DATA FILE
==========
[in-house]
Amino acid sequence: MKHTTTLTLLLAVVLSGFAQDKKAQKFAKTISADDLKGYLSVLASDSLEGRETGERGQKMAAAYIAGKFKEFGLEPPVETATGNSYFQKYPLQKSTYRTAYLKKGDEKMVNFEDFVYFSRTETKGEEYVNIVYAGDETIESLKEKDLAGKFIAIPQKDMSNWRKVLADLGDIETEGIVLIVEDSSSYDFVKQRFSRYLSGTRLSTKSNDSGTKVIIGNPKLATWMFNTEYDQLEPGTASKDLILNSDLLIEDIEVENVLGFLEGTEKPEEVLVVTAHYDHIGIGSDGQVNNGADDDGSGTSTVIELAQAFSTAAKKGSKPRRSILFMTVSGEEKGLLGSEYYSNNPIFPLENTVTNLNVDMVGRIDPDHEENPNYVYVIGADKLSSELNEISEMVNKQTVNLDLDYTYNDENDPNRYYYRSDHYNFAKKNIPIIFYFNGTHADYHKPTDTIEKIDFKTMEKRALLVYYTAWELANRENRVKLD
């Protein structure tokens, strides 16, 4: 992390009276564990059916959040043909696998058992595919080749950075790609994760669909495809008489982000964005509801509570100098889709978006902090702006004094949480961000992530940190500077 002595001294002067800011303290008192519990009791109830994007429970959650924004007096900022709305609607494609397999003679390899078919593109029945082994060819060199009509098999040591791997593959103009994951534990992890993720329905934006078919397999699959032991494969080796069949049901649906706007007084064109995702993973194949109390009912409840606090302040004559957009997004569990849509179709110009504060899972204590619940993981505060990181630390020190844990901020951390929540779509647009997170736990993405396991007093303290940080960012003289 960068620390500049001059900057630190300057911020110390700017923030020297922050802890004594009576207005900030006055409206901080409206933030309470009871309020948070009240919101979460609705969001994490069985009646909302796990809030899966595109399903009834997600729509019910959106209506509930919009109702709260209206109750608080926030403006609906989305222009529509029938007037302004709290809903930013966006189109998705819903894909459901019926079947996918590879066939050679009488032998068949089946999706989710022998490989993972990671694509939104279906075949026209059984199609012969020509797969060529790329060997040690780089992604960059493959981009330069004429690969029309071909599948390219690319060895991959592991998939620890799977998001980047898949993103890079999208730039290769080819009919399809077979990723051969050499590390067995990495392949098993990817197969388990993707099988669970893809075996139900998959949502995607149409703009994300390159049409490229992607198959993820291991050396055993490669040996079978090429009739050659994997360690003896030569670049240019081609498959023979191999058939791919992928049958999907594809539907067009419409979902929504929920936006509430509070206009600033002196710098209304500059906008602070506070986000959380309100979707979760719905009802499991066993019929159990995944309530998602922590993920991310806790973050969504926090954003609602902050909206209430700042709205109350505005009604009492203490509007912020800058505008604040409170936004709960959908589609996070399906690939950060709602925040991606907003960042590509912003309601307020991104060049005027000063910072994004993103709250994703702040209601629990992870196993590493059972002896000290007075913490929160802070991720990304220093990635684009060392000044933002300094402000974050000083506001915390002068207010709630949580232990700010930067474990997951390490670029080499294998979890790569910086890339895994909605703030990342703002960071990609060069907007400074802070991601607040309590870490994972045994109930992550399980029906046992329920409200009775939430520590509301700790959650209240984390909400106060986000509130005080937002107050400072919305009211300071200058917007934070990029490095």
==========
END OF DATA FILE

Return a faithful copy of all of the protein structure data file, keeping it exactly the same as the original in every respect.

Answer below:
[in-house]
Amino acid sequence: MKHTTTLTLLLAVVLSGFAQDKKAQKFAKTISADDLKGYLSVLASDSLEGRETGERGQKMAAAYIAGKFKEFGLEPPVETATGNSYFQKYPLQKSTYRTAYLKKGDEKMVNFEDFVYFSRTETKGEEYVNIVYAGDETIESLKEKDLAGKFIAIPQKDMSNWRKVLADLGDIETEGIVLIVEDSSSYDFVKQRFSRYLSGTRLSTKSNDSGTKVIIGNPKLATWMFNTEYDQLEPGTASKDLILNSDLLIEDIEVENVLGFLEGTEKPEEVLVVTAHYDHIGIGSDGQVNNGADDDGSGTSTVIELAQAFSTAAKKGSKPRRSILFMTVSGEEKGLLGSEYYSNNPIFPLENTVTNLNVDMVGRIDPDHEENPNYVYVIGADKLSSELNEISEMVNKQTVNLDLDYTYNDENDPNRYYYRSDHYNFAKKNIPIIFYFNGTHADYHKPTDTIEKIDFKTMEKRALLVYYTAWELANRENRVKLD
């Protein structure tokens, strides 16, 4: 992390009276564990059916959040043909696998058992595919080749950075790609994760669909495809008489982000964005509801509570100098889709978006902090702006004094949480961000992530940190500077 002595001294002067800011303290008192519990009791109830994007429970959650924004007096900022709305609607494609397999003679390899078919593109029945082994060819060199009509098999040591791997593959103009994951534990992890993720329905934006078919397999699959032991494969080796069949049901649906706007007084064109995702993973194949109390009912409840606090302040004559957009997004569990849509179709110009504060899972204590619940993981505060990181630390020190844990901020951390929540779509647009997170736990993405396991007093303290940080960012003289 960068620390500049001059900057630190300057911020110390700017923030020297922050802890004594009576207005900030006055409206901080409206933030309470009871309020948070009240919101979460609705969001994490069985009646909302796990809030899966595109399903009834997600729509019910959106209506509930919009109702709260209206109750608080926030403006609906989305222009529509029938007037302004709290809903930013966006189109998705819903894909459901019926079947996918590879066939050679009488032998068949089946999706989710022998490989993972990671694509939104279906075949026209059984199609012969020509797969060529790329060997040690780089992604960059493959981009330069004429690969029309071909599948390219690319060895991959592991998939620890799977998001980047898949993103890079999208730039290769080819009919399809077979990723051969050499590390067995990495392949098993990817197969388990993707099988669970893809075996139900998959949502995607149409703009994300390159049409490229992607198959993820291991050396055993490669040996079978090429009739050659994997360690003896030569670049240019081609498959023979191999058939791919992928049958999907594809539907067009419409979902929504929920936006509430509070206009600033002196710098209304500059906008602070506070986000959380309100979707979760719905009802499991066993019929159990995944309530998602922590993920991310806790973050969504926090954003609602902050909206209430700042709205109350505005009604009492203490509007912020800058505008604040409170936004709960959908589609996070399906690939950060709602925040991606907003960042590509912003309601307020991104060049005027000063910072994004993103709250994703702040209601629990992870196993590493059972002896000290007075913490929160802070991720990304220093990635684009060392000044933002300094402000974050000083506001915390002068207010709630949580232990700010930067474990997951390490670029080499294998979890790569910086890339895994909605703030990342703002960071990609060069907007400074802070991601607040309590870490994972045994109930992550399980029906046992329920409200009775939430520590509301700790959650209240984390909400106060986000509130005080937002107050400072919305009211300071200058917007934070990029490095």